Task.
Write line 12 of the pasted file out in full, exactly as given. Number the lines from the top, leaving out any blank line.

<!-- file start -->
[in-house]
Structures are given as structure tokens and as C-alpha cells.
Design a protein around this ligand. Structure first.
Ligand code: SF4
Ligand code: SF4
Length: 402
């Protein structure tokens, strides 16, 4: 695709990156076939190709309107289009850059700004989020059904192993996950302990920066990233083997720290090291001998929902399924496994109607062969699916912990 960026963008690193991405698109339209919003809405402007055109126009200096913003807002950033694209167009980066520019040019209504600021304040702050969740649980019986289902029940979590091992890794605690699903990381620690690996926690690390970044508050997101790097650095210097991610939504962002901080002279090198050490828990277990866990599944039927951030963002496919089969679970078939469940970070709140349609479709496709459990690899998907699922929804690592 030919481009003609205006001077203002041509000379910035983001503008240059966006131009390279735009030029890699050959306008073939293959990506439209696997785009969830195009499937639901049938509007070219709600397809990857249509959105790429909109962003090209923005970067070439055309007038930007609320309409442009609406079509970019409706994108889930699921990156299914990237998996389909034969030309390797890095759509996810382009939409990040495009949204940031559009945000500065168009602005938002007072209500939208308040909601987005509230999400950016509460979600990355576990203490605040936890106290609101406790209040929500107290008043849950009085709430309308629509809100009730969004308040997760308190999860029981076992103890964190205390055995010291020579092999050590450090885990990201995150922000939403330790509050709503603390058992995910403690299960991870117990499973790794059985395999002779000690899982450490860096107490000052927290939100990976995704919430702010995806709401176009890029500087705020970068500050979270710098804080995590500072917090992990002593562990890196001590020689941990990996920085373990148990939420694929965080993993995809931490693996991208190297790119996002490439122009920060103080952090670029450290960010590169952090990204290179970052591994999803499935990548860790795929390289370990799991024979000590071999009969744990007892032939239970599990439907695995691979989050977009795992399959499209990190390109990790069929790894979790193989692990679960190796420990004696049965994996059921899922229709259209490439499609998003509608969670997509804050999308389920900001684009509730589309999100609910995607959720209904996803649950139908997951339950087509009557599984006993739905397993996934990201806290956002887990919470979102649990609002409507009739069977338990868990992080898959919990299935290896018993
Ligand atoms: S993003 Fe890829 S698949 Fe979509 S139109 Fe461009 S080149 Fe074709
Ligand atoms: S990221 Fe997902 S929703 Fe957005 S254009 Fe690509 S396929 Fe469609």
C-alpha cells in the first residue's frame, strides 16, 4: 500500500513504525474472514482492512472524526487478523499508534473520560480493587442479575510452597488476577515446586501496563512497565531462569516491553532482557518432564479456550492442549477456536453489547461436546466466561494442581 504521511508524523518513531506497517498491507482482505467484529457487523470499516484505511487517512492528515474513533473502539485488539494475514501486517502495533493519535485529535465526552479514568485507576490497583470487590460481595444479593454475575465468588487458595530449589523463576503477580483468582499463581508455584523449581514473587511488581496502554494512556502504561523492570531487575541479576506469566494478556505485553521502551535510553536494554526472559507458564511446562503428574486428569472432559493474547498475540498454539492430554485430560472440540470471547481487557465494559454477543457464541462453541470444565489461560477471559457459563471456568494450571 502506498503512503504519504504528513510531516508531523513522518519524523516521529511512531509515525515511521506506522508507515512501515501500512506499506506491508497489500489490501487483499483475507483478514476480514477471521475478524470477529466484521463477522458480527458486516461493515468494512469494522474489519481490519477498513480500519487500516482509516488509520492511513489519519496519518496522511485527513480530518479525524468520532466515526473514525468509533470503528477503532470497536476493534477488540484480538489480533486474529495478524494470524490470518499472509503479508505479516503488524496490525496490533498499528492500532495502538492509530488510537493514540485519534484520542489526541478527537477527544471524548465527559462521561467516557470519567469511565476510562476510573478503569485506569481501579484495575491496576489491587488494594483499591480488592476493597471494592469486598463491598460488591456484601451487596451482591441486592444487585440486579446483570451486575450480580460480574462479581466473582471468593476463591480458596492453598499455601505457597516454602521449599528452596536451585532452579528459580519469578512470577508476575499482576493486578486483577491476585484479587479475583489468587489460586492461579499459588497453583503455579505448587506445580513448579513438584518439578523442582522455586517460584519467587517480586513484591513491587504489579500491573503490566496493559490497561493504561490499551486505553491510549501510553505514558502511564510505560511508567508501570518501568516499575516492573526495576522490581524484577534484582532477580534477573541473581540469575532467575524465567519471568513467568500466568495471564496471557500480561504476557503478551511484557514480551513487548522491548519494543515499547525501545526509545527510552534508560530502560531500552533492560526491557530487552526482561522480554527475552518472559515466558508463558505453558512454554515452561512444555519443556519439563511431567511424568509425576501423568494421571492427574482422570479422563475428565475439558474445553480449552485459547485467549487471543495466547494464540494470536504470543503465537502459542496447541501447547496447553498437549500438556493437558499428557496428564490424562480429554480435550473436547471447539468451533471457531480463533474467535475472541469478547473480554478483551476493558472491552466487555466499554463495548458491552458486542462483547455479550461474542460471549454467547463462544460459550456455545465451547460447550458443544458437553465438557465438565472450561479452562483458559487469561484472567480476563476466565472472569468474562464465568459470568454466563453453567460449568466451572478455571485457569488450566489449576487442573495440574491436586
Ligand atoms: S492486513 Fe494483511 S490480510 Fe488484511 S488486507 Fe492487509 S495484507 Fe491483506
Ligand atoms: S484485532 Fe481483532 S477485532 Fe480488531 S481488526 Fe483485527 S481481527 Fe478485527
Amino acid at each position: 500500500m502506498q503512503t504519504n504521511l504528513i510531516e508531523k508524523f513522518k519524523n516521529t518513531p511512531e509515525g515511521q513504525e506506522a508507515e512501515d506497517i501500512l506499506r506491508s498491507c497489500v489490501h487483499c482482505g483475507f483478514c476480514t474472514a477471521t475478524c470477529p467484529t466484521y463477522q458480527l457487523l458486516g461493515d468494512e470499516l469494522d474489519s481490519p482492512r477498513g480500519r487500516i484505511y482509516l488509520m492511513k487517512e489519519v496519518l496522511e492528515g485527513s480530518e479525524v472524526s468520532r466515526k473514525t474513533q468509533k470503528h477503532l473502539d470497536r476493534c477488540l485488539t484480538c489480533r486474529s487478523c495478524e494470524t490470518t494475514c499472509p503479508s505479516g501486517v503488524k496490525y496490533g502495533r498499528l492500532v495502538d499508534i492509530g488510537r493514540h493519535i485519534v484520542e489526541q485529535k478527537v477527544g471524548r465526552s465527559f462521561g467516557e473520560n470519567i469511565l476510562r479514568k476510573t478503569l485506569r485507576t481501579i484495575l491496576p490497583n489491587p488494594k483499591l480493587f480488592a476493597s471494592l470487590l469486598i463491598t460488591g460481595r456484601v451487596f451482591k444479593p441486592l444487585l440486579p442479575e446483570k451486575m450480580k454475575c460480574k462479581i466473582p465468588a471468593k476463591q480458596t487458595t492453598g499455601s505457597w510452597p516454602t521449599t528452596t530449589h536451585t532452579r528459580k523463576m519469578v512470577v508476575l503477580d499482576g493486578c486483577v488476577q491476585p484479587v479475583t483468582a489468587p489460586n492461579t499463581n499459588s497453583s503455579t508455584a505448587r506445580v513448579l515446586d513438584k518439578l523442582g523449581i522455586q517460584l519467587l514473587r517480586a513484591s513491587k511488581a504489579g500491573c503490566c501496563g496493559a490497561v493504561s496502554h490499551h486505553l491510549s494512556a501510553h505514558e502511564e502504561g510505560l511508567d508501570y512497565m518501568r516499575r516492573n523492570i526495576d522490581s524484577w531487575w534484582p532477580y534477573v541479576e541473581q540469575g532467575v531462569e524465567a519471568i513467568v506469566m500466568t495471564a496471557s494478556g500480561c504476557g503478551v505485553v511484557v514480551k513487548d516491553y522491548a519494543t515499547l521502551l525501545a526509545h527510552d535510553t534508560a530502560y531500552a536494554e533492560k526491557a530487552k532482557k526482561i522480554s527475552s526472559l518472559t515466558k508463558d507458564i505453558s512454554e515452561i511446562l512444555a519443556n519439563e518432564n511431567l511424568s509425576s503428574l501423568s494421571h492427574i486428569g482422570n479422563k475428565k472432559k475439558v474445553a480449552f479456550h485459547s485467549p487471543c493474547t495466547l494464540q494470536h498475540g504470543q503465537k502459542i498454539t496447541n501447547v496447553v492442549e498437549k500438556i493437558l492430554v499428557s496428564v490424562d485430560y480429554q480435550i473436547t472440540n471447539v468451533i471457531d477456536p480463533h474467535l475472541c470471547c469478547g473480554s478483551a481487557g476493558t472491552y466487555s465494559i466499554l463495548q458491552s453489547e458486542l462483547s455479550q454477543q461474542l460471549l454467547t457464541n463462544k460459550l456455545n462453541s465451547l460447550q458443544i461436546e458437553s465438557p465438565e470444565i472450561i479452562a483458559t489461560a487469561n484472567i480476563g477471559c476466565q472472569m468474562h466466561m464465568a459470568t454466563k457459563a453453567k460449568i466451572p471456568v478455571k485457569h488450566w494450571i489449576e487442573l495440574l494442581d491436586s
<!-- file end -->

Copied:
Ligand atoms: S484485532 Fe481483532 S477485532 Fe480488531 S481488526 Fe483485527 S481481527 Fe478485527